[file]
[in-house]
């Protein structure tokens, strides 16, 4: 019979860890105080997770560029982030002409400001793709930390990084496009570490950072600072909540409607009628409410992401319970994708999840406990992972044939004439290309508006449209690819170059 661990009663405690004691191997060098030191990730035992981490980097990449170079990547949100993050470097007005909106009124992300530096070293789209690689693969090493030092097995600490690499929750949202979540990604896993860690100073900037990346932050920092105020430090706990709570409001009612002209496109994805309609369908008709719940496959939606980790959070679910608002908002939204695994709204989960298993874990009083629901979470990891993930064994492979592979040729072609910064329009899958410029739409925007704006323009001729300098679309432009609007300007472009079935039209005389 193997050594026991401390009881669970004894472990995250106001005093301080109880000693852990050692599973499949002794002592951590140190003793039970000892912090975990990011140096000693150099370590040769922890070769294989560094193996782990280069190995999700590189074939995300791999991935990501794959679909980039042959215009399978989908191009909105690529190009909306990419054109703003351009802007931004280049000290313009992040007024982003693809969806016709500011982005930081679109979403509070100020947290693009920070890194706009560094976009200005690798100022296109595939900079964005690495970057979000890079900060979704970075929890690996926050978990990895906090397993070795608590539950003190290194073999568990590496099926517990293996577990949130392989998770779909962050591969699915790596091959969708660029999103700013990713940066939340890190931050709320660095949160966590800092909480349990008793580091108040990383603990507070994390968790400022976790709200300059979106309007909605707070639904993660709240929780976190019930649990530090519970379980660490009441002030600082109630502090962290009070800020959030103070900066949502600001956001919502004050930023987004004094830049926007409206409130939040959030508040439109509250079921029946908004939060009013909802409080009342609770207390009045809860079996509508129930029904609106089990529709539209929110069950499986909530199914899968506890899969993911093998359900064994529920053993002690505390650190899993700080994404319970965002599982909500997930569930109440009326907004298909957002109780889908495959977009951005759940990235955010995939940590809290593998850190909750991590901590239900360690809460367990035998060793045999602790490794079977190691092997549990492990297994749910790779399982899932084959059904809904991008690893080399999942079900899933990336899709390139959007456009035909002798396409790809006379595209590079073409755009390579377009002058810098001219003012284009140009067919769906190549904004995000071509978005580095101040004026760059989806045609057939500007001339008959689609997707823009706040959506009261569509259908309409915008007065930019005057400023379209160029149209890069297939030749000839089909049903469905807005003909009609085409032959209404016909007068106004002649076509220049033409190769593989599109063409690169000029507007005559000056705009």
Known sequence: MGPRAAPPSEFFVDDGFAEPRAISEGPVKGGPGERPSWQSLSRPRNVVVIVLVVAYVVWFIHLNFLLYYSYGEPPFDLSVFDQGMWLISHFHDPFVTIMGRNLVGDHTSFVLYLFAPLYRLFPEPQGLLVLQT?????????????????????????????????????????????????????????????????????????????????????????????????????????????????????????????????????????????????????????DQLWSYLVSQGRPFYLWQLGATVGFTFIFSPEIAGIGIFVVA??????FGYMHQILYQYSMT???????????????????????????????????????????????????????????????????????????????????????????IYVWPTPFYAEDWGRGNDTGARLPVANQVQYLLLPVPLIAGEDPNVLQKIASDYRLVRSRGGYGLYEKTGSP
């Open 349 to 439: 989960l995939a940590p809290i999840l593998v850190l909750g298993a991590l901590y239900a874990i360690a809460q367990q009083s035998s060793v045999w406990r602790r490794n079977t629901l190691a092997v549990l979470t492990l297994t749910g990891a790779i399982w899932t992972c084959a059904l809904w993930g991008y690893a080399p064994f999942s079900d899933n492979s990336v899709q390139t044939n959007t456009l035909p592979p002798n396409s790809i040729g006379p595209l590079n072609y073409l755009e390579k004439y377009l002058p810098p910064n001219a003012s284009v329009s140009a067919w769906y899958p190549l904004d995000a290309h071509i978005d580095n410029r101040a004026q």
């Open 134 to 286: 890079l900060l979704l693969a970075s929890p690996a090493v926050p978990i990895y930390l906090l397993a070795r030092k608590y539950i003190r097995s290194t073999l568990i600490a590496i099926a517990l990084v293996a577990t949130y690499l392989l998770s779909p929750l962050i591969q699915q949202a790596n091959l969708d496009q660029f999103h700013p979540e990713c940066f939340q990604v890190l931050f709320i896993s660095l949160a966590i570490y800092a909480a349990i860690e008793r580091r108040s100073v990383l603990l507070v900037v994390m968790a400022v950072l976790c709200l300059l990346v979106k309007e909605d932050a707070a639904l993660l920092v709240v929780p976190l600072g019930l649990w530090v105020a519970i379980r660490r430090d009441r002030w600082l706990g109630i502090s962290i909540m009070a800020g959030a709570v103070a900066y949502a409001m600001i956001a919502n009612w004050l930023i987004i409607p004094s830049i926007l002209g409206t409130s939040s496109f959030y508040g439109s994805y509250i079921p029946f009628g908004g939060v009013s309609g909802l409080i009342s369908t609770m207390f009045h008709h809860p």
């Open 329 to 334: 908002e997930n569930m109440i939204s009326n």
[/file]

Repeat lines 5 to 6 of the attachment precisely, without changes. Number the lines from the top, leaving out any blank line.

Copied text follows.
């Open 134 to 286: 890079l900060l979704l693969a970075s929890p690996a090493v926050p978990i990895y930390l906090l397993a070795r030092k608590y539950i003190r097995s290194t073999l568990i600490a590496i099926a517990l990084v293996a577990t949130y690499l392989l998770s779909p929750l962050i591969q699915q949202a790596n091959l969708d496009q660029f999103h700013p979540e990713c940066f939340q990604v890190l931050f709320i896993s660095l949160a966590i570490y800092a909480a349990i860690e008793r580091r108040s100073v990383l603990l507070v900037v994390m968790a400022v950072l976790c709200l300059l990346v979106k309007e909605d932050a707070a639904l993660l920092v709240v929780p976190l600072g019930l649990w530090v105020a519970i379980r660490r430090d009441r002030w600082l706990g109630i502090s962290i909540m009070a800020g959030a709570v103070a900066y949502a409001m600001i956001a919502n009612w004050l930023i987004i409607p004094s830049i926007l002209g409206t409130s939040s496109f959030y508040g439109s994805y509250i079921p029946f009628g908004g939060v009013s309609g909802l409080i009342s369908t609770m207390f009045h008709h809860p």
């Open 329 to 334: 908002e997930n569930m109440i939204s009326n």